This is why you don’t put “wordPress” in a domain name

Before you tell me that I didn't capitalize the P in my post title, let me explain that most domain name registrars don't recognize capital letters. But I do know how to correctly type out WordPress. 

Apple was getting ready to announce the first iPhone…

I remember the months before the early January 2007 announcement. They were filled with speculation that it would not be named an iPhone because Cisco already had the trademark for iPhone (via a Linksys acquisition).

The rumors, which turned out to be true, were that Steve Jobs had tried to talk with Cisco execs for months, letting them know he wanted the iPhone name. But Cisco didn't budge.

So Jobs got on stage and announced the name – knowing that a) he didn't think people would confuse his product with that Linksys product and b) that he could negotiate some form of an agreement later.

The reality is that by February of that year, they had settled out of court. And on top of that, Apple ended up licensing the term “iOS” from Cisco as well.

You know what those two companies had in common?

Large bank accounts.

While Steve Jobs was on stage, making his announcement, he showed off the ability to check stocks from the iPhone. He looked up Apple's stock and noticed it had already jumped up $2.50 – and ended the day even higher.

He had the money for the lawyers that he might need to deal with Cisco if it became an issue.

I was getting ready for a developer summit…

Several years ago, I was getting ready for a developer summit. We would be coordinating something like sixty developers across the country and in two or three other countries to spend 24 hours writing code and creating projects of their own choosing.

It was part of a larger event where we'd do some deep dives into technology. But this part – the 24 hours of coding – was it's own internal hack-a-thon.

I thought, since it was 24 hours long, that we should call it a Fedex Challenge. So I went to GoDaddy, where I buy my domains, and I purchased

Within 3 hours I received an email letter from FedEx. Actually it was from their legal department telling me that I could, in no way, put FedEx in a domain name.

I knew I wasn't going to be confusing any developers in our company that we were doing anything related to shipping. But I also knew something far more important.

We didn't have a budget in our legal department to match FedEx.

And I knew something else. It wasn't important. There was a simple way around it.

So I registered instead – or something like it. And we moved on.

I even went back to GoDaddy and deleted the name I'd just registered, because I didn't want to be associated with it.

I was just opening up twitter for the day…

Mondays are normally my long day of calls. So in late December of last year I didn't get to Twitter until about 10:30 that morning.

I like getting on twitter early in the morning because I can see what's been going on around the rest of the world where people have been awake while I slept.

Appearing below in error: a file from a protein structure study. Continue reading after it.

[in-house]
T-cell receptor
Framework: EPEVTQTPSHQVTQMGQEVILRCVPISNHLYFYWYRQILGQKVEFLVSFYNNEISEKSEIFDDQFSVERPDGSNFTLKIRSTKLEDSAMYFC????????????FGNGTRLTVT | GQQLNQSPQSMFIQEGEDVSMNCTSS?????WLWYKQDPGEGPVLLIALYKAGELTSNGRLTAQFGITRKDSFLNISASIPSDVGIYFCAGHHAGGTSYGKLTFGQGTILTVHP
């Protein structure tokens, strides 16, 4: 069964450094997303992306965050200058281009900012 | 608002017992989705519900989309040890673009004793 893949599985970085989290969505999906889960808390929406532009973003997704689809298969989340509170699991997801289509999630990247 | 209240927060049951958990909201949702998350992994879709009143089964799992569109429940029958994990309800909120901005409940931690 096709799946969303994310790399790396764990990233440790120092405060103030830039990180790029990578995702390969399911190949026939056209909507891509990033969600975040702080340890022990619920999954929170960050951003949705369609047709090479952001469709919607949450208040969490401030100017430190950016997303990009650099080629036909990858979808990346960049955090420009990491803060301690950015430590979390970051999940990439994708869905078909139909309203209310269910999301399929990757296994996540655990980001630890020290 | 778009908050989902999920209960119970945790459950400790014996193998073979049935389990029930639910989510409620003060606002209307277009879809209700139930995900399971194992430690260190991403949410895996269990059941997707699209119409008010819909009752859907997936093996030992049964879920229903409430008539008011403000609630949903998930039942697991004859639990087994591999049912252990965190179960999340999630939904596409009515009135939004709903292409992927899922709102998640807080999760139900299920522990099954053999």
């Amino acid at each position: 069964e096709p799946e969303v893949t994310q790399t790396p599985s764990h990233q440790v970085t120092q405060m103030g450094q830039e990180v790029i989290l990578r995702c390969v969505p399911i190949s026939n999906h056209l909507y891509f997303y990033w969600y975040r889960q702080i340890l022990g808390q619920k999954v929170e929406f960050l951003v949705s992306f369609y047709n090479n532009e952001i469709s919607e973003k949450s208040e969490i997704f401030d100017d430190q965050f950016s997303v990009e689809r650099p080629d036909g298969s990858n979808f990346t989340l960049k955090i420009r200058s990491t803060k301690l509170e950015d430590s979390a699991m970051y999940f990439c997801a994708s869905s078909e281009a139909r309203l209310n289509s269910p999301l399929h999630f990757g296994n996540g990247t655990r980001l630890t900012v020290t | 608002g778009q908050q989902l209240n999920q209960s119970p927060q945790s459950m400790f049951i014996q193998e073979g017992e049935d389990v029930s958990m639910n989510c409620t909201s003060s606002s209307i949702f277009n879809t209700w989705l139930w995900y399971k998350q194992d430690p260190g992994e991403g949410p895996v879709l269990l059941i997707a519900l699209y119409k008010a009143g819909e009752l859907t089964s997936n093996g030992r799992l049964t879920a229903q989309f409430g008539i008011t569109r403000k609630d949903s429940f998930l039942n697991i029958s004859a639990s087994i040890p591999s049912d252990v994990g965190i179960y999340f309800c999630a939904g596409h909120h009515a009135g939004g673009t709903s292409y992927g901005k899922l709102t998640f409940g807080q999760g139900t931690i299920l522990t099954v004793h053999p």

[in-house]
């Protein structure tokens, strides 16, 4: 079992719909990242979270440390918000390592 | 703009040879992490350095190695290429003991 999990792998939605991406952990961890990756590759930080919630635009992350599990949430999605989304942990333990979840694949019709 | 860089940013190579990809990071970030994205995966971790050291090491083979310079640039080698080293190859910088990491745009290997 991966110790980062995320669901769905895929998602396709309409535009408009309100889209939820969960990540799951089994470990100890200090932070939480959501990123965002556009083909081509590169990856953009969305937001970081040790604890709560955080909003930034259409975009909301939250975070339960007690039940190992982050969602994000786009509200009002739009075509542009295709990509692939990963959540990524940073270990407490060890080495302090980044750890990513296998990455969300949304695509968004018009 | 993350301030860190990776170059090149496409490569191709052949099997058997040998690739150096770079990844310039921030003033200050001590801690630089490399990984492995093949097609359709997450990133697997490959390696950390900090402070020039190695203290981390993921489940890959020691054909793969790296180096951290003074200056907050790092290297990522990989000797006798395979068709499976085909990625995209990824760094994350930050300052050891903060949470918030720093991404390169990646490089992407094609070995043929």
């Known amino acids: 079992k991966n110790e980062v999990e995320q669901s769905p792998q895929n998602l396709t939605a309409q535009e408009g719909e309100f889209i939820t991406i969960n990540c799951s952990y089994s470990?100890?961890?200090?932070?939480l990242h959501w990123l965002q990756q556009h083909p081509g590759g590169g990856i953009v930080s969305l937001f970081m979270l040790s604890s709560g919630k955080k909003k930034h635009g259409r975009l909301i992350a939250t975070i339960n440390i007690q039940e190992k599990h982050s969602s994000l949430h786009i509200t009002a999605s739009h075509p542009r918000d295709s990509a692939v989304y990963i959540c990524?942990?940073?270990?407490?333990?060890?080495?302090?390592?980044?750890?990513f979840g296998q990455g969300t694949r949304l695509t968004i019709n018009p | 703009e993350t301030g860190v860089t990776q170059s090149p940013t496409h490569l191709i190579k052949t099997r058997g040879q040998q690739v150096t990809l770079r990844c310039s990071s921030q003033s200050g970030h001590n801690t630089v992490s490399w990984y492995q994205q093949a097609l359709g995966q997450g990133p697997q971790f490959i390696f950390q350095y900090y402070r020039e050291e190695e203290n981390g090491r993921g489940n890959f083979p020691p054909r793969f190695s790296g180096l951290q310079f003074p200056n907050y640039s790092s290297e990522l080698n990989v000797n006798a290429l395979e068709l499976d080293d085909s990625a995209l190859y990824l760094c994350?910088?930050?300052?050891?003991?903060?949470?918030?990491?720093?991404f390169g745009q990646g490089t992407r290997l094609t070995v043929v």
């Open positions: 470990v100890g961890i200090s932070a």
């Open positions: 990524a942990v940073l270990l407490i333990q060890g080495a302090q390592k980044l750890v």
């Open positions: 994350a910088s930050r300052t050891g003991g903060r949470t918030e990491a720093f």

Soon after I flipped open a browser window (I don't use a Twitter application on my computer because it would be open all the time and then I couldn't get any work done). Within minutes I received a tweet that came out of the blue.

Someone named Jeff was introducing himself to me – via a URL. Not the first or only time that someone has done that. But several things about it were odd.

First, and I checked right away, he had only ever authored 3 tweets before this one. So it wasn't like he was someone I was supposed to know but didn't. That happens a lot. The WordPress community is huge and sometimes I'm the last to find out about an awesome site or part of the community.

Second, the introduction took me to a page where, not a shock, he wanted my email.

I've reached out to introduce myself and The WordPress Helpers, and hopefully to begin a contact and relationship between us that proves beneficial to us both…because in the very near future I believe you're going to start hearing about us from “the outside”…I'd appreciate your approval to let me put a working e-mail address for you on file so we can keep in touch.

I get put on a lot of email lists (without my approval). So I appreciated that at least this was a question. But when people I don't know, who have little online history, suggest there's something that will be mutually beneficial, it normally is only beneficial to them.

So I was hesitant.

But I noticed that he had a url in the note – which took me here. And that's what triggered my third observation that was odd.

He was using the word “WordPress” in his domain while also promising to revolutionize everything about how people learn and use WordPress.

Normally, people who want to do something – even non-revolutionary – with WordPress spend a little time learning about it before they act.